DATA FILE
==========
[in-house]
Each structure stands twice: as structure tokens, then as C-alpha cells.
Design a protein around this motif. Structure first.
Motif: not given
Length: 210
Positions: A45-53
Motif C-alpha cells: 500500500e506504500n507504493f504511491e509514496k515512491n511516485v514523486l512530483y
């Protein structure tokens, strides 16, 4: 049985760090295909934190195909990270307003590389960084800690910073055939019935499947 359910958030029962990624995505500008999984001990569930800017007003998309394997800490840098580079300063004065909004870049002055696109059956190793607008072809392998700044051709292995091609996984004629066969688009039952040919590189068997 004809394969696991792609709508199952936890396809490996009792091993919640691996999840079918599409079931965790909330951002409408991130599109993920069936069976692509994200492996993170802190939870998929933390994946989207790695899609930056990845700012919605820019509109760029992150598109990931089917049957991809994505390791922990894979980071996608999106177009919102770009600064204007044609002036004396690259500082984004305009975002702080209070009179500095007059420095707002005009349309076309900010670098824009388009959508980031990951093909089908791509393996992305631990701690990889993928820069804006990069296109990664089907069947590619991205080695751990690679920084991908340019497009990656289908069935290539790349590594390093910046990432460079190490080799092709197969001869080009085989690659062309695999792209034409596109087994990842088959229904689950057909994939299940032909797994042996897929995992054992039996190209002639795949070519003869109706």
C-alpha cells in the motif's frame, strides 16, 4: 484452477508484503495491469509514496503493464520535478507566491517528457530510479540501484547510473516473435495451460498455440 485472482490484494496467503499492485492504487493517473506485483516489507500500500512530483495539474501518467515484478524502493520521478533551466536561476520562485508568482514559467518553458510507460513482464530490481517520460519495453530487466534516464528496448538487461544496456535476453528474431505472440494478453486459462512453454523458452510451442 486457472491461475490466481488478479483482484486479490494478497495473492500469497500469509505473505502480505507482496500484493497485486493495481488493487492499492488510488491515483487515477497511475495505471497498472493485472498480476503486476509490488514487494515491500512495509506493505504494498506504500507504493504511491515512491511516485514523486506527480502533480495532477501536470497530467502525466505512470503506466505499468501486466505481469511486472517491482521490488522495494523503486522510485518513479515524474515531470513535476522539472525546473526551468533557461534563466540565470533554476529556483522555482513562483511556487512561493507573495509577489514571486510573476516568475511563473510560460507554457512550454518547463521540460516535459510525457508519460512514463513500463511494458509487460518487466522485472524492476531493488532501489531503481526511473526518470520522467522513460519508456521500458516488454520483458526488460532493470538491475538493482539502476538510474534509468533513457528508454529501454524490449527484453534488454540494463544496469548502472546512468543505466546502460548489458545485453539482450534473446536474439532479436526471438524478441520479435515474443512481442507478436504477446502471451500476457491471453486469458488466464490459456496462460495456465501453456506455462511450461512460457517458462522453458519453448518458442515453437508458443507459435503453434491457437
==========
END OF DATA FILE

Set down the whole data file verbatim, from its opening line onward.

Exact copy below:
[in-house]
Each structure stands twice: as structure tokens, then as C-alpha cells.
Design a protein around this motif. Structure first.
Motif: not given
Length: 210
Positions: A45-53
Motif C-alpha cells: 500500500e506504500n507504493f504511491e509514496k515512491n511516485v514523486l512530483y
């Protein structure tokens, strides 16, 4: 049985760090295909934190195909990270307003590389960084800690910073055939019935499947 359910958030029962990624995505500008999984001990569930800017007003998309394997800490840098580079300063004065909004870049002055696109059956190793607008072809392998700044051709292995091609996984004629066969688009039952040919590189068997 004809394969696991792609709508199952936890396809490996009792091993919640691996999840079918599409079931965790909330951002409408991130599109993920069936069976692509994200492996993170802190939870998929933390994946989207790695899609930056990845700012919605820019509109760029992150598109990931089917049957991809994505390791922990894979980071996608999106177009919102770009600064204007044609002036004396690259500082984004305009975002702080209070009179500095007059420095707002005009349309076309900010670098824009388009959508980031990951093909089908791509393996992305631990701690990889993928820069804006990069296109990664089907069947590619991205080695751990690679920084991908340019497009990656289908069935290539790349590594390093910046990432460079190490080799092709197969001869080009085989690659062309695999792209034409596109087994990842088959229904689950057909994939299940032909797994042996897929995992054992039996190209002639795949070519003869109706």
C-alpha cells in the motif's frame, strides 16, 4: 484452477508484503495491469509514496503493464520535478507566491517528457530510479540501484547510473516473435495451460498455440 485472482490484494496467503499492485492504487493517473506485483516489507500500500512530483495539474501518467515484478524502493520521478533551466536561476520562485508568482514559467518553458510507460513482464530490481517520460519495453530487466534516464528496448538487461544496456535476453528474431505472440494478453486459462512453454523458452510451442 486457472491461475490466481488478479483482484486479490494478497495473492500469497500469509505473505502480505507482496500484493497485486493495481488493487492499492488510488491515483487515477497511475495505471497498472493485472498480476503486476509490488514487494515491500512495509506493505504494498506504500507504493504511491515512491511516485514523486506527480502533480495532477501536470497530467502525466505512470503506466505499468501486466505481469511486472517491482521490488522495494523503486522510485518513479515524474515531470513535476522539472525546473526551468533557461534563466540565470533554476529556483522555482513562483511556487512561493507573495509577489514571486510573476516568475511563473510560460507554457512550454518547463521540460516535459510525457508519460512514463513500463511494458509487460518487466522485472524492476531493488532501489531503481526511473526518470520522467522513460519508456521500458516488454520483458526488460532493470538491475538493482539502476538510474534509468533513457528508454529501454524490449527484453534488454540494463544496469548502472546512468543505466546502460548489458545485453539482450534473446536474439532479436526471438524478441520479435515474443512481442507478436504477446502471451500476457491471453486469458488466464490459456496462460495456465501453456506455462511450461512460457517458462522453458519453448518458442515453437508458443507459435503453434491457437